Study: Divorce rate increasing among older Americans
A new report released by researchers at Bowling Green State University points out that divorce among Americans who are 55 or older is increasing.
January 18, 2014 /24-7PressRelease/ -- Study: Divorce rate increasing among older Americans
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When two people fall in love and decide to get married, they believe that their love will last forever. Marriage was considered a permanent situation in the early part of the 20th century and the idea of divorce was usually viewed as a last resort when a spouse was the victim of abuse or there was infidelity.
However, the Miami Herald points out that today, people have a very different view regarding divorce and even marriage. Marriage is viewed as a relationship that should provide satisfaction and self-fulfillment to both spouses. When spouses find that the marriage does not meet those expectations, then divorce is an acceptable solution.
The trend of gray divorce
A new report released by researchers at Bowling Green State University points out that divorce among Americans who are 55 or older is increasing. The report is based on a review of reports that cover a 20-year period between 1990 and 2010. In 2010, the number of people in this age range who went through a divorce numbered more than 600,000, showing a 50 percent increase from the 206,007 older people who divorced in 1990.
This new trend has been termed gray divorce. Researchers say that the numbers indicate this trend will continue to grow through 2030. The data also showed that remarriages were especially at risk since the previously married spouse had already gone through the divorce experience, showing that he or she was willing to call it quits if a marriage was unsatisfactory. The report did not seek to provide reasons for the increase but cited several possible factors such as increasing financial independence for women, longer lifespans and even declining health.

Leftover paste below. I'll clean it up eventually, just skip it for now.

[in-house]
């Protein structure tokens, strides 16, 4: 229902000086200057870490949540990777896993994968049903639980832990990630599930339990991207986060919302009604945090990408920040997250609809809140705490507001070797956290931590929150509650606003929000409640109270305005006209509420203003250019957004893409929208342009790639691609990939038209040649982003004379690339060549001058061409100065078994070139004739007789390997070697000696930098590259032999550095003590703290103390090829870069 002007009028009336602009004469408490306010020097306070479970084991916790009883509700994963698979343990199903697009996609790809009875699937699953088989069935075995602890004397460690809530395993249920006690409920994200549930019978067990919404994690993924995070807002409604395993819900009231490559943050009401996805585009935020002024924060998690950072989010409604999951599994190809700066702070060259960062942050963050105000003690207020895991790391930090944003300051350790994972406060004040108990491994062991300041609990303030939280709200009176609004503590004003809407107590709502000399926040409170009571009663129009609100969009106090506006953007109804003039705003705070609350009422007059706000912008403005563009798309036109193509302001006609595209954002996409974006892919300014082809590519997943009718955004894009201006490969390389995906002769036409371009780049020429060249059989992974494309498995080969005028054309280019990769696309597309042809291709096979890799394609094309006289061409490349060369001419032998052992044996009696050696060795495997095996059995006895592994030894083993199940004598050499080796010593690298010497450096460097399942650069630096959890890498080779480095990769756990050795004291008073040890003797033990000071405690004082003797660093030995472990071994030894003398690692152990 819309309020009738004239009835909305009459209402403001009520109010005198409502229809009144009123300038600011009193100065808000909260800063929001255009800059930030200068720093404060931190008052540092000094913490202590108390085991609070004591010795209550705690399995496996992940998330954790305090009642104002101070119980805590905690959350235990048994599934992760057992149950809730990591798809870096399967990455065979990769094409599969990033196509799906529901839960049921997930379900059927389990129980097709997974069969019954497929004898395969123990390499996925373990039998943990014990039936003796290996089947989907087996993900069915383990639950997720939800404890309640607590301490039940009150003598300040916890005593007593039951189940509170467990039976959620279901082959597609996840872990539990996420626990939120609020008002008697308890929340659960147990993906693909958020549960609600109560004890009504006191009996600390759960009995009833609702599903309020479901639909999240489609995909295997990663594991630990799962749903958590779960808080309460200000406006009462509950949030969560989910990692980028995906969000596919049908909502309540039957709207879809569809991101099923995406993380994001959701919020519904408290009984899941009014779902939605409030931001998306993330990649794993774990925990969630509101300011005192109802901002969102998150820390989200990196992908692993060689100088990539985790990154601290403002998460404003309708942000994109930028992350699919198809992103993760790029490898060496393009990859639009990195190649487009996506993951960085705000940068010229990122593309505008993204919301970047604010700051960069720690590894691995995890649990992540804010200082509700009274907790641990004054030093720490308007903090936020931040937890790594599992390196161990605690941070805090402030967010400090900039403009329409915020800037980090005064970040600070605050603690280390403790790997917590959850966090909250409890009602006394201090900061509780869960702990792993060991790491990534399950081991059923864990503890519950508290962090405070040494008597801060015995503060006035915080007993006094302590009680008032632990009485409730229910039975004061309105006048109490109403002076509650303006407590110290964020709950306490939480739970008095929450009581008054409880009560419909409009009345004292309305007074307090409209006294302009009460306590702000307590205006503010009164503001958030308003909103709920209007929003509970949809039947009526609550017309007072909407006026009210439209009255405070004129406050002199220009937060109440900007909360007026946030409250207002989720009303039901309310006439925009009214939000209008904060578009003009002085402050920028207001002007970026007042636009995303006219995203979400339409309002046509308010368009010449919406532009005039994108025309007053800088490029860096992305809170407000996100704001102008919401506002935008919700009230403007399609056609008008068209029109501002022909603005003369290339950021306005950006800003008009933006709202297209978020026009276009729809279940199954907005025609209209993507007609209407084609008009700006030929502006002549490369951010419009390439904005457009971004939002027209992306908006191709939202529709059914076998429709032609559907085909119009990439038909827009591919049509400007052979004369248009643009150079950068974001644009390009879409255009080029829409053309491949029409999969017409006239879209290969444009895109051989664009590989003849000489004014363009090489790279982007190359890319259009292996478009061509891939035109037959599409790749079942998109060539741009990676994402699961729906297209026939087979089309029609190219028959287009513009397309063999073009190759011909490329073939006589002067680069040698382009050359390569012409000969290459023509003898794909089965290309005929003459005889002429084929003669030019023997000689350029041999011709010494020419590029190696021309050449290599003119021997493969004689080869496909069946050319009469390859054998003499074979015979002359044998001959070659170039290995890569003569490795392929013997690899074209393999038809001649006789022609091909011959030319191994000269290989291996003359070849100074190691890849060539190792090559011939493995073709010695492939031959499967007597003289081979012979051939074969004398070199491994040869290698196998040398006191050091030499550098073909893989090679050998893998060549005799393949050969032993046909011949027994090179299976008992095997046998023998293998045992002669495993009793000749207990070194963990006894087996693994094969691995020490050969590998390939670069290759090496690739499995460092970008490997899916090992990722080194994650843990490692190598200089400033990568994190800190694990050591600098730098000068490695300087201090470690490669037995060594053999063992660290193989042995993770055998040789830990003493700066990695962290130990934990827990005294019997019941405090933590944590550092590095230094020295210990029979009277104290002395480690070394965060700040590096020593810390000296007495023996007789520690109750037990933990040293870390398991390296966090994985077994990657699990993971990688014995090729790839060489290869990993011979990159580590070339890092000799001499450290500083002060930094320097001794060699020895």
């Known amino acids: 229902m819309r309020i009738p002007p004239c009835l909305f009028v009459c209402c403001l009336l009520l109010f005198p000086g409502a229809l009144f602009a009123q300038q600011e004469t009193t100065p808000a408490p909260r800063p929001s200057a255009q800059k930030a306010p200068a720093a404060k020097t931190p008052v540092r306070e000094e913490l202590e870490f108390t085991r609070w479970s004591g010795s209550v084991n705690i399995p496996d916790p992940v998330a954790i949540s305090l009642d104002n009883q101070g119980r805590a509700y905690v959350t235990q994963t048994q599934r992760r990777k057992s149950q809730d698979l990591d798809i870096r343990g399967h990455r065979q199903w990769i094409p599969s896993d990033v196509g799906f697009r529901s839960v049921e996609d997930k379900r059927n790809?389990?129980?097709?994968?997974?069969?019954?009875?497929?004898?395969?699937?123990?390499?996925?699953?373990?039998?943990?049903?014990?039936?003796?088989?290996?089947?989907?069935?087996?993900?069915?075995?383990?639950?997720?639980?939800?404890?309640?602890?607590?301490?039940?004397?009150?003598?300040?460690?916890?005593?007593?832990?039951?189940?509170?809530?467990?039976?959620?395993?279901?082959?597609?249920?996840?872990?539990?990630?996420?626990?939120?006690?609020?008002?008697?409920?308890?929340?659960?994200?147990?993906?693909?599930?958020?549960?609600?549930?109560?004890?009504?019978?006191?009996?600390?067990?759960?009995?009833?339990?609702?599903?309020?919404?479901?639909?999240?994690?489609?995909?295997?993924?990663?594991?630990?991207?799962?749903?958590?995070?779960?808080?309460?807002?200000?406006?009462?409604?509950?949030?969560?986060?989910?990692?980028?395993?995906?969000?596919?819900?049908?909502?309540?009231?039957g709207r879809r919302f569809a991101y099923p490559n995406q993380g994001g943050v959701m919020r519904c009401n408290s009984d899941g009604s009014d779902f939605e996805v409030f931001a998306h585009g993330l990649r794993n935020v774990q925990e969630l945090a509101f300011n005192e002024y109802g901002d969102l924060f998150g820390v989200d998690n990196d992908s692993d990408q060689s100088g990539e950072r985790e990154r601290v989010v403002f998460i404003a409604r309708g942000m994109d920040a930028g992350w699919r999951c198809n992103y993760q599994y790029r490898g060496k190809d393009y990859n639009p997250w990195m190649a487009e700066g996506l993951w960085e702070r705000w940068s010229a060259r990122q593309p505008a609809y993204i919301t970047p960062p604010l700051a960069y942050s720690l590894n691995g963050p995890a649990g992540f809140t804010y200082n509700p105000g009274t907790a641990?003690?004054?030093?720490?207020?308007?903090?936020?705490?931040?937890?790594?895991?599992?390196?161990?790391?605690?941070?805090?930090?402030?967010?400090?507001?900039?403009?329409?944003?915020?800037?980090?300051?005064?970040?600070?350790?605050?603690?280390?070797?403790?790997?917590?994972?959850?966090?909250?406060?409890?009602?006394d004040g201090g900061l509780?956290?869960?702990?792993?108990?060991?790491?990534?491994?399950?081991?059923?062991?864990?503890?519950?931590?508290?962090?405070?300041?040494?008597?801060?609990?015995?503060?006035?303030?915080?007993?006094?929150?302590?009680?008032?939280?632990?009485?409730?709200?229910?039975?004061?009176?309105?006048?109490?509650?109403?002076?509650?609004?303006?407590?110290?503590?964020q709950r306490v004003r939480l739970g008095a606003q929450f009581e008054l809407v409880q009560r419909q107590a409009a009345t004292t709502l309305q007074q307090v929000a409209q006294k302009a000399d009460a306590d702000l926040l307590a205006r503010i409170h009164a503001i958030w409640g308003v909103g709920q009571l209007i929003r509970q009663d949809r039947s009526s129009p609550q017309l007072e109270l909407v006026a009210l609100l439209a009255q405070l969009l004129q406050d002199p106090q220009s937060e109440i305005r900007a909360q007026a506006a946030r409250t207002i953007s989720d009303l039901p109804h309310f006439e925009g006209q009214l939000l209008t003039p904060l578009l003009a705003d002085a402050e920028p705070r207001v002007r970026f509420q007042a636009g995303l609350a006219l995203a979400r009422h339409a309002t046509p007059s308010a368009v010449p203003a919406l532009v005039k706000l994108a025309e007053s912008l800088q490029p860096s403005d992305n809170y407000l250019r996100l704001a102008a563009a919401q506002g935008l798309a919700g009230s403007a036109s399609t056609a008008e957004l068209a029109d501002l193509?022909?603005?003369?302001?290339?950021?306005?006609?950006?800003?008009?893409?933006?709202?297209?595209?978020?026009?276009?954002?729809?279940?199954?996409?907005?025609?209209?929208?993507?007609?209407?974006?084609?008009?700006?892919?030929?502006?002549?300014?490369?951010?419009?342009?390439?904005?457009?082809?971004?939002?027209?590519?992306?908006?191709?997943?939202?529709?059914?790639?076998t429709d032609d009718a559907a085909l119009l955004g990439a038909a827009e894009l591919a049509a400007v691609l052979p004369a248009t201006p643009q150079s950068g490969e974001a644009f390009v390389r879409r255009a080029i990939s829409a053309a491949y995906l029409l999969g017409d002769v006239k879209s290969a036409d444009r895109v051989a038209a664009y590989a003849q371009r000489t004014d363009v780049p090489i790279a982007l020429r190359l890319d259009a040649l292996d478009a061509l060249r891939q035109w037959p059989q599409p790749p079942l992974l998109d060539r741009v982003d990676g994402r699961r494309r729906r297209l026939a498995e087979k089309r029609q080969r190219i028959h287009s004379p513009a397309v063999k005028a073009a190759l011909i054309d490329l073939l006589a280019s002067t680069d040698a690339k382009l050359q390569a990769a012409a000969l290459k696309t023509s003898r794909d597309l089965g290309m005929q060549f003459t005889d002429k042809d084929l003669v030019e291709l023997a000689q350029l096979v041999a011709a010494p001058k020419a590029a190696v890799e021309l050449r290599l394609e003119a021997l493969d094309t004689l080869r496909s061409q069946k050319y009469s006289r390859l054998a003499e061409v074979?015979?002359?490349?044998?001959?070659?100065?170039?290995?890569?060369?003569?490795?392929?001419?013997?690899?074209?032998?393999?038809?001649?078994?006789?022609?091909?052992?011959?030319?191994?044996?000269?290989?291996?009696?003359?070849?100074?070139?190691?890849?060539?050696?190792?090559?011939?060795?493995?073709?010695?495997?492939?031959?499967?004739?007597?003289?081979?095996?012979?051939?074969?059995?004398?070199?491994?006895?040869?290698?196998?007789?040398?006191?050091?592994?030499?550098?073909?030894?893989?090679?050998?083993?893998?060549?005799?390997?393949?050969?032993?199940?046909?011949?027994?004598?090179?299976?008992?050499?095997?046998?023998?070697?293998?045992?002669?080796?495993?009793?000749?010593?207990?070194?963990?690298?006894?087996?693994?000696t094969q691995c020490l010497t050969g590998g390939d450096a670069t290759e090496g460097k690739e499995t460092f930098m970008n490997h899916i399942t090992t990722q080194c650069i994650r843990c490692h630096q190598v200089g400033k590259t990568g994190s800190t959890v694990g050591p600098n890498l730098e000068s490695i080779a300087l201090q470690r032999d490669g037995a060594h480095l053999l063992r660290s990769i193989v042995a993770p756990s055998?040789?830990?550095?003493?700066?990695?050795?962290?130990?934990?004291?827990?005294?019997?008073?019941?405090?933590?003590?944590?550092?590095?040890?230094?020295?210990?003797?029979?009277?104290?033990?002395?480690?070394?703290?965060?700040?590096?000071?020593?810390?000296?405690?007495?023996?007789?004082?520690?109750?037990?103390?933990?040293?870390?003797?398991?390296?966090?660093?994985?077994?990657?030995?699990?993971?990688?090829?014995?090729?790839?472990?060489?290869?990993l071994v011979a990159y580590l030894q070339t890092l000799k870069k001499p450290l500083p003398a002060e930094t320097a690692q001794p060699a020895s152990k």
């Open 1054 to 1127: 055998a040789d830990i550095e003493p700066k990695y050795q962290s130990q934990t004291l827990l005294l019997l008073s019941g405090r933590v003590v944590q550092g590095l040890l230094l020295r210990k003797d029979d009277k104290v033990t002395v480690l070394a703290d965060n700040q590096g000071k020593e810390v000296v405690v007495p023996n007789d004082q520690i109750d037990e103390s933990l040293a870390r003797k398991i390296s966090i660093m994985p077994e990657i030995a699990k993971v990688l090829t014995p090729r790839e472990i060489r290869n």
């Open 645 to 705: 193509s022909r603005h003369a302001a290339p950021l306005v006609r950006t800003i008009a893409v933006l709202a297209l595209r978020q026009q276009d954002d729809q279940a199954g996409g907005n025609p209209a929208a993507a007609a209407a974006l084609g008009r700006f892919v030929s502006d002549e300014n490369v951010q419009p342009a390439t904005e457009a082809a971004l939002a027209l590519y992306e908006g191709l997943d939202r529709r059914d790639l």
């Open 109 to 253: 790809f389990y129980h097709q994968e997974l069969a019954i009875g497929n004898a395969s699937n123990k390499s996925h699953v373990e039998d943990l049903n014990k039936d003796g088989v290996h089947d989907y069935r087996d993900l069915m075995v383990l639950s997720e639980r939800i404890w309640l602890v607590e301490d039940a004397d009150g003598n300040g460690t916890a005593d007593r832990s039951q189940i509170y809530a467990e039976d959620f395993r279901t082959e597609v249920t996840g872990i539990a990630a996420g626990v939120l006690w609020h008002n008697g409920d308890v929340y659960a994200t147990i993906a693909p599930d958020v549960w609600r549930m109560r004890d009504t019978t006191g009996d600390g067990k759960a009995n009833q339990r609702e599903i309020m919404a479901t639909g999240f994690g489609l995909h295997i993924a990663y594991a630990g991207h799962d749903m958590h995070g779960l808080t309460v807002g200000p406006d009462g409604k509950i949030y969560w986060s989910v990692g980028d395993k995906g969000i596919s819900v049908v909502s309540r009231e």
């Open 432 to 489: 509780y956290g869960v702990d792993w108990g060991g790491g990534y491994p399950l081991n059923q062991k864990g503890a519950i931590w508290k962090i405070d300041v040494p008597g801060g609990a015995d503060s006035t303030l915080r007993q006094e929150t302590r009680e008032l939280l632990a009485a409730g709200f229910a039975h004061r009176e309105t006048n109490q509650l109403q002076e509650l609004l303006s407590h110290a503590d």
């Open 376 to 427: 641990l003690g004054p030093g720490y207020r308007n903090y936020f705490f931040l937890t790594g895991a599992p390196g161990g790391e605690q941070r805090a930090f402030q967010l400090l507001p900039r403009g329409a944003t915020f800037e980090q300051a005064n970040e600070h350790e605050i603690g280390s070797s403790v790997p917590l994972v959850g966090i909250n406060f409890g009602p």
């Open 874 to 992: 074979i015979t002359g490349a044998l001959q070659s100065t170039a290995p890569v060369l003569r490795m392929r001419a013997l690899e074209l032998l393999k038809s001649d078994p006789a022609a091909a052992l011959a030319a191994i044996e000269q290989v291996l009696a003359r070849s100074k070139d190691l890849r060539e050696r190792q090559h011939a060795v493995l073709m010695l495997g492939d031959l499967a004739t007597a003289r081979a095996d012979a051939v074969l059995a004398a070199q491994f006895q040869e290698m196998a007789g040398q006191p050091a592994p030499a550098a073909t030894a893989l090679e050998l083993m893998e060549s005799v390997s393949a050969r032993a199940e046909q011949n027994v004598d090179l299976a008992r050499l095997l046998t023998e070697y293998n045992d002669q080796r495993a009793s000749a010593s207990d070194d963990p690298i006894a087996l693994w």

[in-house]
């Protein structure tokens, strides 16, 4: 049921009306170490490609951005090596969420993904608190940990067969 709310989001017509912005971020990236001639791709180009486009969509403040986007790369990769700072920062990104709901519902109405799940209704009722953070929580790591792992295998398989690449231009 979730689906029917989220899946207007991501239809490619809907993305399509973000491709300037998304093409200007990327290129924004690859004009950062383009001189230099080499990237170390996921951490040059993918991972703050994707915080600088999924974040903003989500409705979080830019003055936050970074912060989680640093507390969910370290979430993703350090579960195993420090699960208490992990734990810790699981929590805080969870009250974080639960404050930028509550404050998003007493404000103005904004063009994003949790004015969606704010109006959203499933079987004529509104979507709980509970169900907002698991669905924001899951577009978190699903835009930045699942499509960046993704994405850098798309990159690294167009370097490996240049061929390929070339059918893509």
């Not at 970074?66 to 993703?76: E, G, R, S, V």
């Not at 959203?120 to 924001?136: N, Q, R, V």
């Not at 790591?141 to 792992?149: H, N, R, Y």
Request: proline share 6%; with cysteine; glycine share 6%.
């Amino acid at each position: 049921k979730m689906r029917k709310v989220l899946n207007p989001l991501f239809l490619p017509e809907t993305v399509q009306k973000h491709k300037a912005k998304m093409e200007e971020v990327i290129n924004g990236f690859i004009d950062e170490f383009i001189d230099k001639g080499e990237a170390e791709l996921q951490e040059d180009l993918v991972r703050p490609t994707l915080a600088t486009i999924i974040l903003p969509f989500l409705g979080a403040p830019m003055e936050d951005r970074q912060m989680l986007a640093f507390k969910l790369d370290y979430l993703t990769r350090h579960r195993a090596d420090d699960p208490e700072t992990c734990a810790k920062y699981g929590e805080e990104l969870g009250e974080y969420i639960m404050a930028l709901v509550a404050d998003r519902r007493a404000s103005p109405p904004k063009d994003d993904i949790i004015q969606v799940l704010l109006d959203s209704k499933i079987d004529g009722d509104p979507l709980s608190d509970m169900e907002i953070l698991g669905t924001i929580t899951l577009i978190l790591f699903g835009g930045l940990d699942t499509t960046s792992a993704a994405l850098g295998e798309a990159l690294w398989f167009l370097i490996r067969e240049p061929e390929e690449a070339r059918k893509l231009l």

Retirement and gray divorce
One challenge that an older couple has in going through a divorce later in life is retirement. USA Today states that it could cost 30 percent more for these people to retire, which makes sense because now the retirement plan will have to support two separate lifestyles. This means that people may have to make serious changes to their retirement plan such as:
-Remain in the workforce longer to save enough money to fund the lifestyle the person wants.
-Stop supporting adult children.
-Downsize to a smaller home.
-Cut out the retirement traveling.
Retirement can be especially difficult on women if they have been out of the workforce for a long time or do not have sufficient education or skills to support themselves. Another large challenge older people face is declining health. As the body ages, it becomes more susceptible to disease and disability and this can be financially draining on a retirement plan.
Older adults who are planning to divorce should meet with an experienced attorney who can help them prepare for their transition to single life.
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